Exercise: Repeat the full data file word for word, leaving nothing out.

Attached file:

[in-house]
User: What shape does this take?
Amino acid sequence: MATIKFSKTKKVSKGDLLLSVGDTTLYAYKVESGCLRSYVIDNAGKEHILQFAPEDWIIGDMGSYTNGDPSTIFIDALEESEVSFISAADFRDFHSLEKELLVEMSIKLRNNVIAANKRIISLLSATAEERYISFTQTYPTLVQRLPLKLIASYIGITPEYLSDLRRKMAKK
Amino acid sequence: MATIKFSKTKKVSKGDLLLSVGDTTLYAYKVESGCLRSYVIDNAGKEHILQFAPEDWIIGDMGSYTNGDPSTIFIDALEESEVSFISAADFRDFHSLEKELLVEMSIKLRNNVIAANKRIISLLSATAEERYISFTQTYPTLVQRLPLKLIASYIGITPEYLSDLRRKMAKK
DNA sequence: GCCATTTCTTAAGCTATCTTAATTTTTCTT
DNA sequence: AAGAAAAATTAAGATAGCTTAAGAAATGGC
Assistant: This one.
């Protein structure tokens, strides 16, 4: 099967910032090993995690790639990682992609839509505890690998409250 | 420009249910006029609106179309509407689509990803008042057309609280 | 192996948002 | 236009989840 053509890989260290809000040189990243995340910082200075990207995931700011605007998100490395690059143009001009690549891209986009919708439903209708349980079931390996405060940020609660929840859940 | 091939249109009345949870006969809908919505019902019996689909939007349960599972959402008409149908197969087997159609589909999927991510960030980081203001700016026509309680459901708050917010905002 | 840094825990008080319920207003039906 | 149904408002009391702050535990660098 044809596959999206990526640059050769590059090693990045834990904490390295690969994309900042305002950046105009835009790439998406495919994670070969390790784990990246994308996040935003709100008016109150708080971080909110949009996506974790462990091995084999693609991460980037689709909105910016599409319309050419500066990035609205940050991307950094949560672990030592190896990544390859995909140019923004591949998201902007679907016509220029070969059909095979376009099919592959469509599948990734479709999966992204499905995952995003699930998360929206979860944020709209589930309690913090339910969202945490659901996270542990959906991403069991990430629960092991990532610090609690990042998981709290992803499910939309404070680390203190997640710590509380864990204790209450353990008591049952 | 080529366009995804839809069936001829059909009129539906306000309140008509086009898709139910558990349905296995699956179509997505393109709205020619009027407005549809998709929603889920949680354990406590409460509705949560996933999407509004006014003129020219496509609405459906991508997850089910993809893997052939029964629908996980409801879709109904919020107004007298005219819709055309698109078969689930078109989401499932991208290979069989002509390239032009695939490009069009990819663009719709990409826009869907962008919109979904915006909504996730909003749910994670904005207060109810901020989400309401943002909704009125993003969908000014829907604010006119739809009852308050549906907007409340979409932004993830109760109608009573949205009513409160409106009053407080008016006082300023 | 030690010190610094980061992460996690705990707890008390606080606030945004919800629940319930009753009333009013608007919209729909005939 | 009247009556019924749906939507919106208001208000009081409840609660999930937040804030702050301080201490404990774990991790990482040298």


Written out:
[in-house]
User: What shape does this take?
Amino acid sequence: MATIKFSKTKKVSKGDLLLSVGDTTLYAYKVESGCLRSYVIDNAGKEHILQFAPEDWIIGDMGSYTNGDPSTIFIDALEESEVSFISAADFRDFHSLEKELLVEMSIKLRNNVIAANKRIISLLSATAEERYISFTQTYPTLVQRLPLKLIASYIGITPEYLSDLRRKMAKK
Amino acid sequence: MATIKFSKTKKVSKGDLLLSVGDTTLYAYKVESGCLRSYVIDNAGKEHILQFAPEDWIIGDMGSYTNGDPSTIFIDALEESEVSFISAADFRDFHSLEKELLVEMSIKLRNNVIAANKRIISLLSATAEERYISFTQTYPTLVQRLPLKLIASYIGITPEYLSDLRRKMAKK
DNA sequence: GCCATTTCTTAAGCTATCTTAATTTTTCTT
DNA sequence: AAGAAAAATTAAGATAGCTTAAGAAATGGC
Assistant: This one.
């Protein structure tokens, strides 16, 4: 099967910032090993995690790639990682992609839509505890690998409250 | 420009249910006029609106179309509407689509990803008042057309609280 | 192996948002 | 236009989840 053509890989260290809000040189990243995340910082200075990207995931700011605007998100490395690059143009001009690549891209986009919708439903209708349980079931390996405060940020609660929840859940 | 091939249109009345949870006969809908919505019902019996689909939007349960599972959402008409149908197969087997159609589909999927991510960030980081203001700016026509309680459901708050917010905002 | 840094825990008080319920207003039906 | 149904408002009391702050535990660098 044809596959999206990526640059050769590059090693990045834990904490390295690969994309900042305002950046105009835009790439998406495919994670070969390790784990990246994308996040935003709100008016109150708080971080909110949009996506974790462990091995084999693609991460980037689709909105910016599409319309050419500066990035609205940050991307950094949560672990030592190896990544390859995909140019923004591949998201902007679907016509220029070969059909095979376009099919592959469509599948990734479709999966992204499905995952995003699930998360929206979860944020709209589930309690913090339910969202945490659901996270542990959906991403069991990430629960092991990532610090609690990042998981709290992803499910939309404070680390203190997640710590509380864990204790209450353990008591049952 | 080529366009995804839809069936001829059909009129539906306000309140008509086009898709139910558990349905296995699956179509997505393109709205020619009027407005549809998709929603889920949680354990406590409460509705949560996933999407509004006014003129020219496509609405459906991508997850089910993809893997052939029964629908996980409801879709109904919020107004007298005219819709055309698109078969689930078109989401499932991208290979069989002509390239032009695939490009069009990819663009719709990409826009869907962008919109979904915006909504996730909003749910994670904005207060109810901020989400309401943002909704009125993003969908000014829907604010006119739809009852308050549906907007409340979409932004993830109760109608009573949205009513409160409106009053407080008016006082300023 | 030690010190610094980061992460996690705990707890008390606080606030945004919800629940319930009753009333009013608007919209729909005939 | 009247009556019924749906939507919106208001208000009081409840609660999930937040804030702050301080201490404990774990991790990482040298």